The Distribution of Galactic 511 keV Positron Annihilation Radiation
NAVAL RESEARCH LAB WASHINGTON DC
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The Oriented Scintillation Spectrometer Experiment OSSE on NASAs Compton Gamma-Ray Observatory has completed numerous observations of the Galactic plane and Galactic center region. A principle objective of these observations was to measure the distribution of the Galactic positron annihilation radiation. Most of these observations provided positive detections of the narrow 511 keV annihilation line. These data were fitted using several diffuse distribution models representing various populations of progenitor objects. The only model investigated which is not rejected is a two-component distribution consisting of spheroidal and disk components all other models investigated can be rejected at the 45 sigma confidence level. The size of the spheroidal component is found to be 500 pc the disk component of the distribution is not well constrained by the current observations. Adding a point source of emission at the location of the black hole candidate 1E 1740.7-2942 does not significantly improve the model fits. There is no evidence for significant time variability of the 511 keV line flux during observations of the Galactic center region. When compared to historical observations of the Galactic center region by other instruments, the two-component diffuse model suggests a limit to a time-variable component of the 511 keV line flux of 4 x 10exp -4 gamma sq cmexp -2 sexp -1.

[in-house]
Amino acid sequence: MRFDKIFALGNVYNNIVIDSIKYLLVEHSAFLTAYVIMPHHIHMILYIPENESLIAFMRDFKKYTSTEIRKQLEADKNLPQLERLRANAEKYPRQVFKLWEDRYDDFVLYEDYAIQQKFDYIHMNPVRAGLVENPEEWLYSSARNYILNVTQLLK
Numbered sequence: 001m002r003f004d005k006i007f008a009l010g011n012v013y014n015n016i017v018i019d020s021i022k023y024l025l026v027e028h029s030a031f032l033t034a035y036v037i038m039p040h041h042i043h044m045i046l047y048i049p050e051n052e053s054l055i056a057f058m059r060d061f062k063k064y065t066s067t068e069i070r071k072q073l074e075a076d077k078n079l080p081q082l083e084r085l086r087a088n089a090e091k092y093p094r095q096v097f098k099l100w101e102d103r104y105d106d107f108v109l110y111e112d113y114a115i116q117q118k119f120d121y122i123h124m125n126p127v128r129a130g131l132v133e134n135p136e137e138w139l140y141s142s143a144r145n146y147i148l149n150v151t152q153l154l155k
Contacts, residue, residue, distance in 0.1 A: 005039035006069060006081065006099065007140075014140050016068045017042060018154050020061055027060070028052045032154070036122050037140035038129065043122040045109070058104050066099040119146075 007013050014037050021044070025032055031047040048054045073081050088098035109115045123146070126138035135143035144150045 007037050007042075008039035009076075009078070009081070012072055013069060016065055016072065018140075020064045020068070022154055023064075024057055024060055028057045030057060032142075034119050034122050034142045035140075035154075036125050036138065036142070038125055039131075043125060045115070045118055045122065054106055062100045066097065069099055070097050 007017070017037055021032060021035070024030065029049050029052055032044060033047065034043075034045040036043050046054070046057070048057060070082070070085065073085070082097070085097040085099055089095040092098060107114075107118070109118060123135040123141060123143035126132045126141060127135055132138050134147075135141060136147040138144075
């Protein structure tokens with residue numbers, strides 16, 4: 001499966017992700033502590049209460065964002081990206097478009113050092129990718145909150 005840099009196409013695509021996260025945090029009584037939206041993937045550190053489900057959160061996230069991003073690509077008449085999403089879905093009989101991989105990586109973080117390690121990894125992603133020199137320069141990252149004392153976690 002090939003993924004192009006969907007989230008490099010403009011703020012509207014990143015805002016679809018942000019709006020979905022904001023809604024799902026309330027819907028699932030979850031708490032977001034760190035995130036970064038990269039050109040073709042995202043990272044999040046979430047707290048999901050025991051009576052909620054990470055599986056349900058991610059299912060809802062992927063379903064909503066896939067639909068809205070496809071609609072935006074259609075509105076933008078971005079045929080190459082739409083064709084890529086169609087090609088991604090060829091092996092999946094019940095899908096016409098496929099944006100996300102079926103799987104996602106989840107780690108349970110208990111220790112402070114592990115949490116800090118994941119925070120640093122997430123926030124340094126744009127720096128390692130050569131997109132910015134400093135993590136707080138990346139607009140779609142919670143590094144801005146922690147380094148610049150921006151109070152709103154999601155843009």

- Nuclear Physics and Elementary Particle Physics